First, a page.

If you’ve ever wanted to take your kid to a LEGO theme park and been disappointed that it was too far away, then cross your fingers that Lego KidsFest will be coming to a town near you. Apparently, being near this many LEGO bricks produces a contact high in small children and my kids are not immune. If LEGO KidsFest had not provided tickets to my family in exchange for our feedback, I might have been hesitant to go out of my way to attend this event- and I would have been wrong, wrong, wrong.
The hands on activities start right out of the gate. One of the very first things you encounter is the duplo building area, with giant piles of bricks and several tables that offer brick storage underneath the table top and holes near the build area for easy brick cleanup. (I need one of those tables. Or rather, my kids do, because, Wow!)
I’ve made no secret of the fact that I’m a huge fan of tailoring the environment to encourage creative play, and that is exactly what the organizers of Lego KidsFest have done. Every square foot of the event is packed full of opportunities to touch, see, and do. The kids can walk right up to their favorite characters and touch them and examine how they are built. Which mine did, with complete lack of restraint, so I’m sorry about all the times he probably photobombed your family. The entire atmosphere of the event encourages kids to touch, to explore, and to learn. There are no unfriendly “keep off” signs or warnings not to touch. There are some things that are off limits to fingers, but the space is designed to make that seamless.
My kids enjoyed the themed areas like Ninajago and Chima, not just because they love the characters, but also because they were set up with simple and effective play activities. Ninjago featured mechanical turntables that you can outfit with minifigs and then spin so they collide. The kids were having a great time planning their lineups very carefully, and reacted to finding out which mini fig was the last standing with utter delight. Chima had ramps, Speedors, bricks for building, and “chi orbs,” known to my three year old as WHERE IS MY FIREBALL? I DROPPED THE FIREBALL. (You know how when you find yourself somewhere you truly fit in, nobody even bats an eye at the weird stuff you do? That went over like it was normal, no matter how many times he did it.)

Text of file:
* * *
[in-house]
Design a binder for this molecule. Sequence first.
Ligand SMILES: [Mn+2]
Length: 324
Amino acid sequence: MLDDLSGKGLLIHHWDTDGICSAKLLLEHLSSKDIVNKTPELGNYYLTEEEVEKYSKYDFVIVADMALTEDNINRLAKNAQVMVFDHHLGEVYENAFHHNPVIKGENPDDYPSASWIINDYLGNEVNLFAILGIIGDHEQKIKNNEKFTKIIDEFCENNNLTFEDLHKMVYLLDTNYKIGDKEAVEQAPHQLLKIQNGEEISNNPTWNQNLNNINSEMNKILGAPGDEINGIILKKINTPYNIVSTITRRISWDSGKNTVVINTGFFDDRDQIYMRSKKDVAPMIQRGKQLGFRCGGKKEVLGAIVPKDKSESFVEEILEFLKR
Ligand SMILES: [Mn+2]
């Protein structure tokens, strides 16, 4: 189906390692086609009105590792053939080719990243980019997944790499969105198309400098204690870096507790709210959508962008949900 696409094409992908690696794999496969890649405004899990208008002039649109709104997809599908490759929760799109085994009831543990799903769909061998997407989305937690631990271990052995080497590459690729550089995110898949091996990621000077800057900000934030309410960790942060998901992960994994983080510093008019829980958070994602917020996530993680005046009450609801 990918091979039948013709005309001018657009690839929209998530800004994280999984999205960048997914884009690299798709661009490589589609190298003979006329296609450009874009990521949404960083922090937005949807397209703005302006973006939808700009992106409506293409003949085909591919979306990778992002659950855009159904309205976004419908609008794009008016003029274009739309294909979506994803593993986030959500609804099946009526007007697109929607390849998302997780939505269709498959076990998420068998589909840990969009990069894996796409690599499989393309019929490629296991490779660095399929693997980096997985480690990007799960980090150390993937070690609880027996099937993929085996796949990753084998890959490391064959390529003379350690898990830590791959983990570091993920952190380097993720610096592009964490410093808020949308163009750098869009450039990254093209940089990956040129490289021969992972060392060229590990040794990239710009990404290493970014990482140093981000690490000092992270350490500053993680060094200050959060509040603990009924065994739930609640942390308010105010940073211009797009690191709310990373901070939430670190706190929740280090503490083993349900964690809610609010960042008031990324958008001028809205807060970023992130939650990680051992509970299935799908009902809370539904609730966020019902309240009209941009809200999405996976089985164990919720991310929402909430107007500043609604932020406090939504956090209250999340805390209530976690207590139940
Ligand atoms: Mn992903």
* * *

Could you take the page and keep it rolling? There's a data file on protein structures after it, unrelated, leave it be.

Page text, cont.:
I enjoyed watching the kids in the brick pile areas (there are two- one for Duplos and one for regular bricks) because it was wonderful to me to see them building really HUGE creations or incredibly elaborate buildings and always having more than enough of whatever piece they were looking for. This was complete creativity, unconstrained by the limits of a personal brick collection. It was a joy to behold.
Also surprisingly fascinating was the monochrome building area. I am not sure what exactly is so appealing about this. If you know, please tell me because right now I’m thinking that it’s just another one of those inexplicable things that only I get way too excited over.
The convention floor is big and there is lots to see, so you’ll be doing a lot of walking and probably need to rest at some point. There are concessions (no outside food is allowed) and a video screen so you can take breaks before going on to finish getting as much brick fun as you possibly can. Your kid will also want to pose for plenty of photos with their favorite characters, so be sure to charge up your camera and bring an extra memory card, just in case. See more photos in the gallery. (Just click to see the full size photo.) KidsFest will be in Richmond, VA through October 5th, or visit their website to find other stops on the tour. As far as logistics, be forewarned that people arriving for the next session line up before it starts. If your kids are bad at waiting in line (mine are but we had arrived early so we went for it, and we all came out alive) you might want to time your arrival to skip the waiting. If for some reason you want to get in at the head of the pack, get there early and bring a book or something. Oh, and fear not! There is a LEGO store on site so you can purchase some additions to your home collection. We did a price comparison for the items we brought home and found that they were extremely reasonably priced for an on site sale! (We generally expect a large markup at events like this, but they were within five dollars of retail. Your mileage may vary, of course, since we didn’t check the whole store.)